The City, in turn, responds that it, in fact, complied with the applicable statutory and regulatory frameworks, established by 16 U.S.C. § 470f, 36 C.F.R. part 801, and 24 C.F.R. part 58. The City claims that the environmental review record shows that after a thorough analysis of the effect of the project on cultural resources included, or eligible for inclusion, in the National Register of Historic Places, the City Historical Commission concluded that the Project would have "no effect on the Old City National Historic District, the U.S.S. Olympia or the U.S.S. Becuna, cultural resources entered on the National Register of Historic Places," (City A.R. 0047-0078), nor would it impact on sites eligible for inclusion in the National Register, (id.). The City further argues that the entity designated as the state historical preservation office for the purposes of NHPA, 16 U.S.C. § 470a, the Pennsylvania Historical and Museum Commission, Bureau for Historic Preservation, concurred in the City's conclusion of "no effect" on historical or archaeological resources. (City A.R. 0046.) According to the regulations, the City argues, no additional review by the Advisory Council on Historic Preservation ("Advisory Council") was necessary. Further, according to the City, because of the finding of "no effect," no special public meeting was required, 36 C.F.R. § 801.4(c), other than the public meetings required, and held by the City pursuant to 24 C.F.R. part 570, 36 C.F.R. § 801.8. The Court agrees.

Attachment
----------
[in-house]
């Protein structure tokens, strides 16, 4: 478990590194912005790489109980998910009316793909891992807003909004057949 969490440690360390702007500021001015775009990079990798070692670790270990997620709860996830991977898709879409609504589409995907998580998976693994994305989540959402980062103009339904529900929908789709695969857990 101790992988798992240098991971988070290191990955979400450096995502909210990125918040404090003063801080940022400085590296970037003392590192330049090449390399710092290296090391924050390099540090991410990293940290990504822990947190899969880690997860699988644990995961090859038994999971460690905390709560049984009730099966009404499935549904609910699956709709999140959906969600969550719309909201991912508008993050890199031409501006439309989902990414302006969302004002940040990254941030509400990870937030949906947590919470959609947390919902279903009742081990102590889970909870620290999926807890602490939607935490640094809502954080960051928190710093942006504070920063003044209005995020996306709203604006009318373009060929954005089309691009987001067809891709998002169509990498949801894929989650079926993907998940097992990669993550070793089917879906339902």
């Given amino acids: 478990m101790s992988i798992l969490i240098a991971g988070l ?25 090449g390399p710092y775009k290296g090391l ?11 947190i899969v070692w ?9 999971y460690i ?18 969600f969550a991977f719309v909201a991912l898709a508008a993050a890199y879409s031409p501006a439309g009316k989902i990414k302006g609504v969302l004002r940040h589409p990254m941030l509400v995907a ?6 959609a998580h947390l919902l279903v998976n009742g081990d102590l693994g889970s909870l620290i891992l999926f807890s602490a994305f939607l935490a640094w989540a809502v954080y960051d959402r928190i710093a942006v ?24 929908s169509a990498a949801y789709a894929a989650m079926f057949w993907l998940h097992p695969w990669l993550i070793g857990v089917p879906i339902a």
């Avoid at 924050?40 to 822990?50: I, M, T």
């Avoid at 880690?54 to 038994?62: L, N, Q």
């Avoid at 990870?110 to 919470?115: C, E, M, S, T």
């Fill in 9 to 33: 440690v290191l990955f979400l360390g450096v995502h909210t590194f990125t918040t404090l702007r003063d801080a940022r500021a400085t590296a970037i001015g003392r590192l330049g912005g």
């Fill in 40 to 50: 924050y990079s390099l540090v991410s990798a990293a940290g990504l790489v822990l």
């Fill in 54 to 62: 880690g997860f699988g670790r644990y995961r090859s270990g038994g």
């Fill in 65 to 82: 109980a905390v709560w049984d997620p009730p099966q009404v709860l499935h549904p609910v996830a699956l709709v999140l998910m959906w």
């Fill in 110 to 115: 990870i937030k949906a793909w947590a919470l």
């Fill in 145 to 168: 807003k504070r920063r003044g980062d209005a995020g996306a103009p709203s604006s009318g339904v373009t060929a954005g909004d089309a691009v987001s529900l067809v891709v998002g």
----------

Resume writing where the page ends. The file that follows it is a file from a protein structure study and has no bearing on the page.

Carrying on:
Title 36 C.F.R. part 801 provides the regulatory framework which implements the NHPA requirements in an "expedited" fashion for UDAGs. 36 C.F.R. § 801.1(a). According to the regulations, the City as the grant applicant, rather than HUD, had the responsibility of determining whether the proposed project will have an effect on historical or archaeological sites. 31 C.F.R. § 801.2(b). The regulations mandate that the grant applicant must consult with the state historic preservation office in making this determination. 36 C.F.R. § 801.7(a)(iv). This was carried out by the City. No additional review by the Advisory Council is necessary once the City, in consultation with the state historic preservation office, determined that the project would have no effect on properties included or eligible to be included on the National Register. 36 C.F.R. § 801.3(c)(2)(i).